The new bid documentation being prepared by the Department of Energy (DoE) for future independent power producer (IPP) procurement rounds will have to strike a delicate balance between sustaining investor interest and responding to society’s demand for increased socioeconomic benefits.
In fact, Allen & Overy partner Jason van der Poel, who advised government when South Africa initiated its IPP bidding programmes in 2011 and who currently advises developers and lenders, believes the DoE should take care not to “entirely reinvent the wheel” when introducing the new co-benefit clauses.
The first test of whether such a balance has indeed been struck is likely to arise during the fifth bid window of the Renewable Energy Independent Power Producer Procurement Programme (REIPPPP) due in November.
Energy Minister Jeff Radebe has already announced that around 1 800 MW of renewables capacity will be procured during the auction, which is expected to supplant the so-called ‘Expedited Bid Window’, initiated in 2015, but never finalised.
As with bid windows 3.5 and 4 the expedited round stalled after Eskom indicated in 2016 that it was no longer willing to enter into power purchase agreements (PPAs) with renewables projects. The logjam was partially lifted in April this year, when agreements for 27 REIPPPP projects were eventually signed.
Van der Poel argues that the new documentation should seek to build on the successes of the REIPPPP, through which 112 utility-scale renewable-energy projects have been procured and significant tariff reductions achieved.
Nevertheless, changes will have to be made in light of growing demands for greater socioeconomic transformation spin-offs. The next REIPPPP bid window is likely to place particular emphasis on creating opportunities for black-owned IPPs, while including set-asides for near-project communities, as well as women-owned and youth-owned businesses.
Local content and the role of black industrialists is also expected to feature strongly, notwithstanding the fact that the recent procurement hiatus resulted in the closure of around 14 manufacturing companies set up to supply components to the renewables projects.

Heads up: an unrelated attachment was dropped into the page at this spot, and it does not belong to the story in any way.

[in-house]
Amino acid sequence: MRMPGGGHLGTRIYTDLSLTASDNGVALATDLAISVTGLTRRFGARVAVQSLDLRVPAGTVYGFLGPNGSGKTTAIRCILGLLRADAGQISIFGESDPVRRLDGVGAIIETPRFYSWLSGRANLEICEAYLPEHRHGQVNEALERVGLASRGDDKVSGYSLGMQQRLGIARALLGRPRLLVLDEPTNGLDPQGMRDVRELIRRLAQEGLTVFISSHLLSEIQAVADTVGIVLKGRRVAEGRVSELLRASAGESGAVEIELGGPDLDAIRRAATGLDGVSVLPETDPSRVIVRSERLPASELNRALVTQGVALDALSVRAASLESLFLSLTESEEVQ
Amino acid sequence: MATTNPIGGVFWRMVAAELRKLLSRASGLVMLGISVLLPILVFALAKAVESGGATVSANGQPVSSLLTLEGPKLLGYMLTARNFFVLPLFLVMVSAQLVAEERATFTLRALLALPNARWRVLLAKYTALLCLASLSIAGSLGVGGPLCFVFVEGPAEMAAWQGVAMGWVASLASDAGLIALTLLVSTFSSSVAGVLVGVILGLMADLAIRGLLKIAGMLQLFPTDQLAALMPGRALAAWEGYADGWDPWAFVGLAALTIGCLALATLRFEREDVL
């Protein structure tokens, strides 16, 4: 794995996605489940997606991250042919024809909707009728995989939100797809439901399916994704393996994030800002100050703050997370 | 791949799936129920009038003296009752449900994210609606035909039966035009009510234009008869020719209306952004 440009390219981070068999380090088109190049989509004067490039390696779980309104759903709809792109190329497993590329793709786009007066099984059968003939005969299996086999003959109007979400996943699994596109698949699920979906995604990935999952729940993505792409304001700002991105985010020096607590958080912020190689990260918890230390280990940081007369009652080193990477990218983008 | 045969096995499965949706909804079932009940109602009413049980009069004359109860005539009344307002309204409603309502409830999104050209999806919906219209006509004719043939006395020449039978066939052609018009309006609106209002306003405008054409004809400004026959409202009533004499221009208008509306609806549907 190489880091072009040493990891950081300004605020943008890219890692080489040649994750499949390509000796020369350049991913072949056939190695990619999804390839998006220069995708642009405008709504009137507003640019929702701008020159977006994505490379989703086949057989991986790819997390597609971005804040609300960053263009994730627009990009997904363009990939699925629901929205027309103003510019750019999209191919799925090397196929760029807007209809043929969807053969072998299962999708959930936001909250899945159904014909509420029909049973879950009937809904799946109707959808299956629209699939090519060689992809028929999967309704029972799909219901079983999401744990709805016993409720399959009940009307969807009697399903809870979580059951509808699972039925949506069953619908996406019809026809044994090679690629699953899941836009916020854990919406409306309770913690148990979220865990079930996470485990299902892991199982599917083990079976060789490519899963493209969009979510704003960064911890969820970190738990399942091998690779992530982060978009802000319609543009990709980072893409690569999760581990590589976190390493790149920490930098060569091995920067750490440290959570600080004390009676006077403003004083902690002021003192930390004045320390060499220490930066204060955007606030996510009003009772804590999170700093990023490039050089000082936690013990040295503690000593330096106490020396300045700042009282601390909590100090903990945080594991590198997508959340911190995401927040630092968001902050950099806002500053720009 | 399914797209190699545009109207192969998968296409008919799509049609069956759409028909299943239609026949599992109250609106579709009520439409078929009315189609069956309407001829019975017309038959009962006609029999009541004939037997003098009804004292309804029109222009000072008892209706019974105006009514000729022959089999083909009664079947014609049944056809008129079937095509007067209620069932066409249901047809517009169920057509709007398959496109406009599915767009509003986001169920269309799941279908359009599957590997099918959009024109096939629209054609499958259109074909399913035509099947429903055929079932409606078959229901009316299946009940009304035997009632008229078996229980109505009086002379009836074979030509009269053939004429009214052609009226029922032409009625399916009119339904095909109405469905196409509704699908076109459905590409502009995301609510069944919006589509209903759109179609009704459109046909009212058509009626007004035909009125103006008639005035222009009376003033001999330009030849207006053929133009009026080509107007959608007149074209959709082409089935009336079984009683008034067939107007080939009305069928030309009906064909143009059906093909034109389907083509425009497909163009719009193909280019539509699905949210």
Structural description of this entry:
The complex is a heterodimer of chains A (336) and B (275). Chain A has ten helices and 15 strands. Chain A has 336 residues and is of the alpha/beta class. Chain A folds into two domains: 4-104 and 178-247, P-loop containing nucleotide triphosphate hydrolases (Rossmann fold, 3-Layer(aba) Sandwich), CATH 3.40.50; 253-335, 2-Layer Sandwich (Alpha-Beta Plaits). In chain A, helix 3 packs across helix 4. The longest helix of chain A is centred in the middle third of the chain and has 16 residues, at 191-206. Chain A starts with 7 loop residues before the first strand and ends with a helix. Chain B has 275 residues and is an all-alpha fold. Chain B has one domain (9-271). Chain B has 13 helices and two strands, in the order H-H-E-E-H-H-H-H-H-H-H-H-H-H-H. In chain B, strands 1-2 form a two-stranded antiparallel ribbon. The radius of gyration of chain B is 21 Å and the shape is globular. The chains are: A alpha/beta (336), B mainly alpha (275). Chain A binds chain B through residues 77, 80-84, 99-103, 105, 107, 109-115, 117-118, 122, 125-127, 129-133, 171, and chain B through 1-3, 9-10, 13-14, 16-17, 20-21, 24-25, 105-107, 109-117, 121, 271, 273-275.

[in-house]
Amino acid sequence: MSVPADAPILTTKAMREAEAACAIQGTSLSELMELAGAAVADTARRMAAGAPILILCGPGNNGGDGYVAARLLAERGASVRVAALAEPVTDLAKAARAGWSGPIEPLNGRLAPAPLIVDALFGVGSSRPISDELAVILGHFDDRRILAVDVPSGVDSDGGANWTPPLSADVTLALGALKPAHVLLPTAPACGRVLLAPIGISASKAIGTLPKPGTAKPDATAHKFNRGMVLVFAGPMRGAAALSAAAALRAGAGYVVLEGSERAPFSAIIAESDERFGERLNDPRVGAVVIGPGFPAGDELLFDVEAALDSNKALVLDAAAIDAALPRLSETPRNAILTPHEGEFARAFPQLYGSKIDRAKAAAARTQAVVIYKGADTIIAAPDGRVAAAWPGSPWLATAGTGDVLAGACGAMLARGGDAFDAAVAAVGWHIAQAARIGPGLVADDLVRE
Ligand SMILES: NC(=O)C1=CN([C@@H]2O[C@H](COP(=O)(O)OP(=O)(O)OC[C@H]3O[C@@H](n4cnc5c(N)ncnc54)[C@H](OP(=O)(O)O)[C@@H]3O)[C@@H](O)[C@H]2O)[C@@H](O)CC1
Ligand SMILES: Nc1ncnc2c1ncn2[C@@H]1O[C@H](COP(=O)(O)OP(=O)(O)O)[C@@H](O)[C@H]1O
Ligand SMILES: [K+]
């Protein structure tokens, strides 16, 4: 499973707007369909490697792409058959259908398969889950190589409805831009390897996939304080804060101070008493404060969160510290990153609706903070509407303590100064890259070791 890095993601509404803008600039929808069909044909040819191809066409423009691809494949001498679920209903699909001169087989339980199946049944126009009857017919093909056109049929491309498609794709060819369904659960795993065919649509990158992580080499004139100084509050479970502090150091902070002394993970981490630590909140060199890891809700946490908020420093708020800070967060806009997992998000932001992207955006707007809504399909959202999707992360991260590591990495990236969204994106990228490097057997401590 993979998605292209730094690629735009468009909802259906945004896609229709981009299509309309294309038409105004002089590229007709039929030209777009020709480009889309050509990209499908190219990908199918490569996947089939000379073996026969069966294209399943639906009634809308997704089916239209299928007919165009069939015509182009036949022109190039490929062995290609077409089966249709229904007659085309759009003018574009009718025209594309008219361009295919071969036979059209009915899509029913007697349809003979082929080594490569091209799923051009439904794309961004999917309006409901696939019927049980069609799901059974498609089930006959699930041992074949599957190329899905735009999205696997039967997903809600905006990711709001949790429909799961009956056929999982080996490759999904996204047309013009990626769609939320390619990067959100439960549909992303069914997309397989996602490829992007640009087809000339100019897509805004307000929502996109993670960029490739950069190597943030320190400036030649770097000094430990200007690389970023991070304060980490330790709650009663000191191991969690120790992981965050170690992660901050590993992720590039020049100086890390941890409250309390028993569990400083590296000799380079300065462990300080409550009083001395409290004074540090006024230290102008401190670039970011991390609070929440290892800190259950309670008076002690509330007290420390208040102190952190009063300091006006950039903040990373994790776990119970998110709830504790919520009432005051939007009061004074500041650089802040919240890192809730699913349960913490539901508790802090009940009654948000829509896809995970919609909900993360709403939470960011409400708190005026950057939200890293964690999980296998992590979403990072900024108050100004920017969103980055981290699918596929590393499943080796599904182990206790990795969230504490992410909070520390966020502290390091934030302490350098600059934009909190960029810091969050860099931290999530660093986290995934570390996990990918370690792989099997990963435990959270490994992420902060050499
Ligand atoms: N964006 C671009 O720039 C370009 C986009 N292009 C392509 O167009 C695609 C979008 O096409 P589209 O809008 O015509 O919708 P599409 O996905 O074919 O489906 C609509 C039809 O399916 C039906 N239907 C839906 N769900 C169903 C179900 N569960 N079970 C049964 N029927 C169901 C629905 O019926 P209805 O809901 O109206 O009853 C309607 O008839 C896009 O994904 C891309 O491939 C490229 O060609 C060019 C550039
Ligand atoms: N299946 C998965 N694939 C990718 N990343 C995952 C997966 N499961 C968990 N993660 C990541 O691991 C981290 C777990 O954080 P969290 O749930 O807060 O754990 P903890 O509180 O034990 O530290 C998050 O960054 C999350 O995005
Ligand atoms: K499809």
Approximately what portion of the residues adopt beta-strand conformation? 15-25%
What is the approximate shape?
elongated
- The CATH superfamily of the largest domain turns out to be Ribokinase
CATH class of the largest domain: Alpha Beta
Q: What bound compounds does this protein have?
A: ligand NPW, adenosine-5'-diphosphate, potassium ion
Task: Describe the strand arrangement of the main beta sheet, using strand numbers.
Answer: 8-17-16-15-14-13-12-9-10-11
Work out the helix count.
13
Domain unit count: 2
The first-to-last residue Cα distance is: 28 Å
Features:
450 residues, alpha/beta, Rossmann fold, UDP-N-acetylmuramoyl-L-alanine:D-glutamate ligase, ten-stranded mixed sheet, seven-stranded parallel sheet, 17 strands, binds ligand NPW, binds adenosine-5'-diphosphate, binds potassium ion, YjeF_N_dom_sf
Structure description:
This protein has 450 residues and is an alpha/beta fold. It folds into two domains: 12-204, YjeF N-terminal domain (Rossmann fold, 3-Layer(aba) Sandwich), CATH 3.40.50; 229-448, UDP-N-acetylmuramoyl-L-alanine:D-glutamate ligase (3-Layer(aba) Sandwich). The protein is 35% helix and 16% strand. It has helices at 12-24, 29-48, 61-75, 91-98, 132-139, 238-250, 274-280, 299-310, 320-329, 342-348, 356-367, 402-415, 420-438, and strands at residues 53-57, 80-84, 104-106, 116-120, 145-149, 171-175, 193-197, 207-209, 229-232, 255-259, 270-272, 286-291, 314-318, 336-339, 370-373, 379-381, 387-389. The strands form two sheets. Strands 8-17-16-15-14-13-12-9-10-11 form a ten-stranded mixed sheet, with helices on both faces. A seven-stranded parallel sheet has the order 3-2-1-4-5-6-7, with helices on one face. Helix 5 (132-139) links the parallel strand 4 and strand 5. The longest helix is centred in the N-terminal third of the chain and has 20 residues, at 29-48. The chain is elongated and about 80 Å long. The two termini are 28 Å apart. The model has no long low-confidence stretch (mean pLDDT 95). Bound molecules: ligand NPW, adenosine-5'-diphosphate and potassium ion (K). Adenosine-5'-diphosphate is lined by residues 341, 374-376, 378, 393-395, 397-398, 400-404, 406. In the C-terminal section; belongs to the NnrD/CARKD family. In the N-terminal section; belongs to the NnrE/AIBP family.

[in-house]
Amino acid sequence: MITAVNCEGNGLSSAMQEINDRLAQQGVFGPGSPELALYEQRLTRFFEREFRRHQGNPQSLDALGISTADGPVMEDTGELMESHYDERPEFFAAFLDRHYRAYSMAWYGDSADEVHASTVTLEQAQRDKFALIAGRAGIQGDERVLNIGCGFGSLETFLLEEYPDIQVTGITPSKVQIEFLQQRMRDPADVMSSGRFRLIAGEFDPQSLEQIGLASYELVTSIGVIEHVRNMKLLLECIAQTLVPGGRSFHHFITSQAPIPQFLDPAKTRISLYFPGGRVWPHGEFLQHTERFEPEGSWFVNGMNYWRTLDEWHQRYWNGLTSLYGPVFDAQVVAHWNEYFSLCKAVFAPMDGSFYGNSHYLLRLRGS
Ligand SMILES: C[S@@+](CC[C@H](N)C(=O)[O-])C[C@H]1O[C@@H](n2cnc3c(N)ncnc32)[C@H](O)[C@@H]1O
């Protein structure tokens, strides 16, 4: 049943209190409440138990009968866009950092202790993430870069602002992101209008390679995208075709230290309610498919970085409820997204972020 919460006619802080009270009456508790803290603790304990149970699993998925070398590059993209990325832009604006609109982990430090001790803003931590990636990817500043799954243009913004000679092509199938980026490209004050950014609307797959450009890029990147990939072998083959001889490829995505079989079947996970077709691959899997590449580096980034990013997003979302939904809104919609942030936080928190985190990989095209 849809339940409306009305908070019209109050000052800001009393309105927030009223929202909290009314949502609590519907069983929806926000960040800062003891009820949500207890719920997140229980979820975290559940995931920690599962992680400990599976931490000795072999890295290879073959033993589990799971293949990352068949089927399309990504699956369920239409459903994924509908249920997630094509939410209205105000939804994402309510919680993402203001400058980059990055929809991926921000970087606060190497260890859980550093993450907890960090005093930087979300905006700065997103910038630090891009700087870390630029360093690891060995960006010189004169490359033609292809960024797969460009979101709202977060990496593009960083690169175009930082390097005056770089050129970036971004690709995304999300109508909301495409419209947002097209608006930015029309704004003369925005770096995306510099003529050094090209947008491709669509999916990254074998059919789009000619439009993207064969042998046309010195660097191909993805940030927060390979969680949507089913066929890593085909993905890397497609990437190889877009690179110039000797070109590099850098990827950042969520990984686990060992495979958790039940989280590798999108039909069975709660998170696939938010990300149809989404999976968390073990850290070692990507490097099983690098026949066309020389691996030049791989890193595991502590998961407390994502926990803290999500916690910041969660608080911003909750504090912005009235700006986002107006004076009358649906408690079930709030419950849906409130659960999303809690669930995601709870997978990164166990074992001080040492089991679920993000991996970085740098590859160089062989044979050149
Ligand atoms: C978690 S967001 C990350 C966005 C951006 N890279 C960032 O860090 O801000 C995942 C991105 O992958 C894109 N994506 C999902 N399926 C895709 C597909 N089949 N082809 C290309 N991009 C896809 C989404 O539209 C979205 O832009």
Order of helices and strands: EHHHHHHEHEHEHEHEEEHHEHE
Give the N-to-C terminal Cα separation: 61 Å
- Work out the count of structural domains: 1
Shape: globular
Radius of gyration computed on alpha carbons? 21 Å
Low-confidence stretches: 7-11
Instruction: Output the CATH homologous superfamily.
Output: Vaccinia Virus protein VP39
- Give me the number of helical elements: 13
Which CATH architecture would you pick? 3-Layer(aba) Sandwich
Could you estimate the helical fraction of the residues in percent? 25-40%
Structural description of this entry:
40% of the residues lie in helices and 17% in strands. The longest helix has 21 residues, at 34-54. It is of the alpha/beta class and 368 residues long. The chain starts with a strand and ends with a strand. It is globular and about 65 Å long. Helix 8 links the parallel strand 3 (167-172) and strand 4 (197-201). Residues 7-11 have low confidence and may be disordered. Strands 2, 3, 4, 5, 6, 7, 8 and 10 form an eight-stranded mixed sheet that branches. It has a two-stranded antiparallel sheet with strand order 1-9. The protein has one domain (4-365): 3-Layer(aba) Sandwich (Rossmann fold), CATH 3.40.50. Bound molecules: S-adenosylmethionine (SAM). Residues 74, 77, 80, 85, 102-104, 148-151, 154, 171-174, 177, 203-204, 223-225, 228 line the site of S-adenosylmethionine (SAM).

Government will also seek to reduce its guarantees, which have hitherto helped stimulate IPP investment.
Despite these uncertainties, Van der Poel is optimistic about prospects for IPP investment. “There is a very positive wind blowing with the new political leadership of the country under President Cyril Ramaphosa and in the Energy Ministry under Minister Radebe.”
In addition, moves are under way to increase policy certainty, with Radebe having promised to publish, after public consultations, the new Integrated Resource Plan (IRP) by mid-August 2018.
“I do not think the importance of the updated IRP to investor confidence can be overstated. It goes back to the lessons learned through the hiatus in the IPP programmes in the last two years: investors need policy certainty and a clear procurement trajectory in order to invest in projects, as well as in the manufacture of inputs and in the provision of services that go into these projects.”
The decision to finalise the IRP update is a positive signal to the market. “However, the need for broad stakeholder engagement is underscored by trade union movements threatening strike action to halt IPPs on the basis that coal jobs will be lost.”
Stakeholders will also be paying close attention to government’s handling of the coal baseload programme’s progress. While 863 MW has been procured from two projects, there is significant uncertainty as to whether they will proceed, owing to material resistance from environmental lobby groups.
“The procurement of coal-fired power from IPPs in South Africa to date appears to have been done in compliance with all law and policy in South Africa. This makes it hard for government simply to jettison the existing projects, leaving the international investors in those projects in the lurch,” Van der Poel argues.
Opponents to the projects have made it clear, though, that there will be unrelenting legal challenges to the projects as currently formulated.
Changes to socioeconomic thresholds and co-benefits are also likely to be transposed to non-renewable-energy projects, including any future coal auctions, as well as the much-anticipated gas-to-power procurement programme, which could eventually proceed in 2019.
“For investors to remain confident in and committed to the IPP programmes, the DoE will need to introduce the economic development and co-benefit changes taking care not entirely to reinvent the wheel in relation to a highly successful programme,” Van der Poel concludes.